Political Economy Prospects April 2012
Real wages over the last year are flat to down (depending on whether one looks at hourly or weekly numbers). Together with continuing high unemployment, high home foreclosures, reduced job benefits, increased job insecurities, and a continuing trend of replacing relatively higher wage jobs with lower wage jobs, prospects for a return to prosperity and growth are dim indeed. The spikes in auto loans and student loans will not likely last long. Household deleveraging is the dominant trend (based on surveys and declining credit card debt). Once aged cars are replaced and students discover the futility of borrowing to increase job-related credentials, there will likely be cutbacks in spending to cope with (offset) the unsustainable debt spikes for cars and tuitions. Problems in Europe and elsewhere likewise suggest real limits to the growth of US exports. Corporate profit deceleration suggests real limits on investment expenditures.
Thus, no part of aggregate spending looks to be in a position to fuel a sustained or broad recovery. If this becomes clear before November, it will hurt Obama’s chances. If he can stall mass clarity on this problem until after the elections, there will then be a serious aggravation of existing social tensions around the economy’s passage, in December, to the 6th year of this prolonged capitalist crisis.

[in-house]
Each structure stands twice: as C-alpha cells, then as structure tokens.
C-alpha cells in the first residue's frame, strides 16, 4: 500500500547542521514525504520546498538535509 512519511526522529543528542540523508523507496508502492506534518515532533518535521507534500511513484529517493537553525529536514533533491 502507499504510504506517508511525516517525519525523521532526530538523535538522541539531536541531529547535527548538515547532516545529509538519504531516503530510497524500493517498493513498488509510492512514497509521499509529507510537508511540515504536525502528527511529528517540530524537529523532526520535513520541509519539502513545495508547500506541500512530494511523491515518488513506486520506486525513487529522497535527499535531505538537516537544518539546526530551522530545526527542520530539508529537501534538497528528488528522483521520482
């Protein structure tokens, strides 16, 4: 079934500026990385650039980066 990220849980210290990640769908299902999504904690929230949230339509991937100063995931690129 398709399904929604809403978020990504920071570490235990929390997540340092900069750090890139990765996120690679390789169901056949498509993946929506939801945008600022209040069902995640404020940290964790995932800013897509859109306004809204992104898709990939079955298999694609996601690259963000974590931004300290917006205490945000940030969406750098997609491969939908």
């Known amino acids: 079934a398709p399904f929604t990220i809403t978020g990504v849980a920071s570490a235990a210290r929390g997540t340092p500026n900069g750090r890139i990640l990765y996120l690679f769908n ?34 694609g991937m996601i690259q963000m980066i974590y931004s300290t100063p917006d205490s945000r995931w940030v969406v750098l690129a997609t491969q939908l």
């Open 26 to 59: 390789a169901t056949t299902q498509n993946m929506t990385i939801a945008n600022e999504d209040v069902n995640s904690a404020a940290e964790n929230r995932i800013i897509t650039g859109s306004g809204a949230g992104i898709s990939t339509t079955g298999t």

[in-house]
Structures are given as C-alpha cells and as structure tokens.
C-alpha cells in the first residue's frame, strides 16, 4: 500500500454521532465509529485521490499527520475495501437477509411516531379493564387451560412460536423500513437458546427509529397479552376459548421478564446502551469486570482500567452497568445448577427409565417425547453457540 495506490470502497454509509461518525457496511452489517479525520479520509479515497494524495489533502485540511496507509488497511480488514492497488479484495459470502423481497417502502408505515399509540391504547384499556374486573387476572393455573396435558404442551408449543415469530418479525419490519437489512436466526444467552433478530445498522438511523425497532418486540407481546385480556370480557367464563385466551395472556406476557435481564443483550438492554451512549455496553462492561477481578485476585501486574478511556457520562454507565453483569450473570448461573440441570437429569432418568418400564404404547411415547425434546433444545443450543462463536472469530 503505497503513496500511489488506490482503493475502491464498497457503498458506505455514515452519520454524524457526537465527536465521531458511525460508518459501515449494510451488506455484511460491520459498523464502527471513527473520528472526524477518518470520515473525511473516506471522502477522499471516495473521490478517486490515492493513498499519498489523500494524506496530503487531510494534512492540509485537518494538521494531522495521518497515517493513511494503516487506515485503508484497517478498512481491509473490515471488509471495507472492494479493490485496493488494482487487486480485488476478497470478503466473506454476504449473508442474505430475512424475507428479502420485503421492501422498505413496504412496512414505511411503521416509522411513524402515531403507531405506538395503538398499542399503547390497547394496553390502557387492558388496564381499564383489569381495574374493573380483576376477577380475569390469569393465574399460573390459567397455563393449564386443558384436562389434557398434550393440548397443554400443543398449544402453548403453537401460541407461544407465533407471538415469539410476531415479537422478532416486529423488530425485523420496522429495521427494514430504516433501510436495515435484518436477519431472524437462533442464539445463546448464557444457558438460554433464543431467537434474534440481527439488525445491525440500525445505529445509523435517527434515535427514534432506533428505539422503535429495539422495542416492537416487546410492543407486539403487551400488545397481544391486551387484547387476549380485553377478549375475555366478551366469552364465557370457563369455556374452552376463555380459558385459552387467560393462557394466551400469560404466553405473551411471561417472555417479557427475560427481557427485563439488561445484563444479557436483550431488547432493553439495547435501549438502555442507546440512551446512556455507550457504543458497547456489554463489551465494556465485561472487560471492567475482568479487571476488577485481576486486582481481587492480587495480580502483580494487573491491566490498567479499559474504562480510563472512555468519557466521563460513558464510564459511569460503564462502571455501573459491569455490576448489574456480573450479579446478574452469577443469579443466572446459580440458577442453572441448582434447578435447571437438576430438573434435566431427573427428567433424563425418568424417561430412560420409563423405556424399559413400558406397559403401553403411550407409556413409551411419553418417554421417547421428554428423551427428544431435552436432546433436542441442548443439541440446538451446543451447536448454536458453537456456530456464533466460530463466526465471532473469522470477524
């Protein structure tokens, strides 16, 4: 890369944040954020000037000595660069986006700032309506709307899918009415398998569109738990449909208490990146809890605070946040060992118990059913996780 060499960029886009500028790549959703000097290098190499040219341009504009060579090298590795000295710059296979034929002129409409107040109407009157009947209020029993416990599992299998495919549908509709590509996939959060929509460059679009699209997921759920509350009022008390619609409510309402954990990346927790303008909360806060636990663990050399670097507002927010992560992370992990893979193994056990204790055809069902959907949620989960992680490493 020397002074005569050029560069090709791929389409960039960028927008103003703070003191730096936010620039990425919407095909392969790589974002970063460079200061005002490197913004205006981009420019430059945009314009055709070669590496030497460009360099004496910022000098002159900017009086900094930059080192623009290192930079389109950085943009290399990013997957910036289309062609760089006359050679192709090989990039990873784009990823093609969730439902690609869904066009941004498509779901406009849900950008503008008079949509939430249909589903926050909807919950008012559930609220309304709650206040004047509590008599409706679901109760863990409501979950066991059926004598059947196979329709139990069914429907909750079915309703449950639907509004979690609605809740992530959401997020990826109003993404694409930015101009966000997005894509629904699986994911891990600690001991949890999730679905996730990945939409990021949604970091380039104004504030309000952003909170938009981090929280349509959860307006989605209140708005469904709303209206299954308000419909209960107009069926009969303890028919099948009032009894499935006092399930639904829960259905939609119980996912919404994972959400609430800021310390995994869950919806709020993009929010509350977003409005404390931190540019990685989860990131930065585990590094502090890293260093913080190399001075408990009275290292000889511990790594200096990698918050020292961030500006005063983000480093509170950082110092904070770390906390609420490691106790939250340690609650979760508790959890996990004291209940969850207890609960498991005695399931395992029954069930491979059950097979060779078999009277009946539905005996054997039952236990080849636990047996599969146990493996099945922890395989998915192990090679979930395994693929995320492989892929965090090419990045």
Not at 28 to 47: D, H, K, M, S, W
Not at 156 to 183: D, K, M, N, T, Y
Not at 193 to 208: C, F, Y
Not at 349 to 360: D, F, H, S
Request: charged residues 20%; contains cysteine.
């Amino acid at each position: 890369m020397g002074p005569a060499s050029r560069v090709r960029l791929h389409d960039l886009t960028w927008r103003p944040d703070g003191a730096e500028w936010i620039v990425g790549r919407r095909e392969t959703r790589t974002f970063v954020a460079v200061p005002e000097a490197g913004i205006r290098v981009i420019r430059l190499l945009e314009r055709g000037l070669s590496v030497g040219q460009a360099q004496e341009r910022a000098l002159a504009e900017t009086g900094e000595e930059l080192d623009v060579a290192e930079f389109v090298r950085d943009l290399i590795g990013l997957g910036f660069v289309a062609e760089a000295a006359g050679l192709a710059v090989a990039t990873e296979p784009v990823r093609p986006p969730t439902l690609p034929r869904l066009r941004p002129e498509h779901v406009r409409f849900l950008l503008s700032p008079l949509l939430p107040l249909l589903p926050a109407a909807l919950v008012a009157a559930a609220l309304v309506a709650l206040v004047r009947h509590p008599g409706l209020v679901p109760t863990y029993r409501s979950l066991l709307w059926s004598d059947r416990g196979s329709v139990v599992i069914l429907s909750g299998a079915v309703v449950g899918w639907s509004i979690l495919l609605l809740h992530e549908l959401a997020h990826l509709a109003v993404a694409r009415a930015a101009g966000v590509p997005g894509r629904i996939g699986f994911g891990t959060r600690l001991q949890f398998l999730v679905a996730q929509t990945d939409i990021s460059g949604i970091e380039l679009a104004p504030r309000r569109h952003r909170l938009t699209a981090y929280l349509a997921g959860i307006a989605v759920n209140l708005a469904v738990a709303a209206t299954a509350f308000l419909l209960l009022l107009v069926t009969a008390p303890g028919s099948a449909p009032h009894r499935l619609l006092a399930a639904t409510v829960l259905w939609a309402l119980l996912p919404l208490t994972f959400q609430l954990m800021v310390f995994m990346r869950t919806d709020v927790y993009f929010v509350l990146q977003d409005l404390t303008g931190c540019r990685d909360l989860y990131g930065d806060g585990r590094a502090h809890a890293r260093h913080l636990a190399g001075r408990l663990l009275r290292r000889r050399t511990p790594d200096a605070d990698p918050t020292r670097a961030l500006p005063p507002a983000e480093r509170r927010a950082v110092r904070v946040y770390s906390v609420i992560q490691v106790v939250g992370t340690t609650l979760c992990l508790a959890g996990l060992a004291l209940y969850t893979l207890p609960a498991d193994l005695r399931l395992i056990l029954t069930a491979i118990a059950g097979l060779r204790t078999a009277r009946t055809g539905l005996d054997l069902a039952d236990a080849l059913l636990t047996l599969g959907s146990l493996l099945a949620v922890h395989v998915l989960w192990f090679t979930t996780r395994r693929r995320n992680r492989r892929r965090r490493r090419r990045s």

If, as the French polls suggest, Sarkozy loses and Hollande goes through with raising income tax rates on the rich, etc., the consensus around austerity policies to cope with Europe’s deep crisis may dissolve. Internal conflicts in at least Greece, Spain and Italy will accelerate into unpredictable forms and consequences globally. China’s export markets will become more complicated and threaten China’s economy and those of all the countries that have come to depend on it. Extreme uncertainty and uncertain extremes.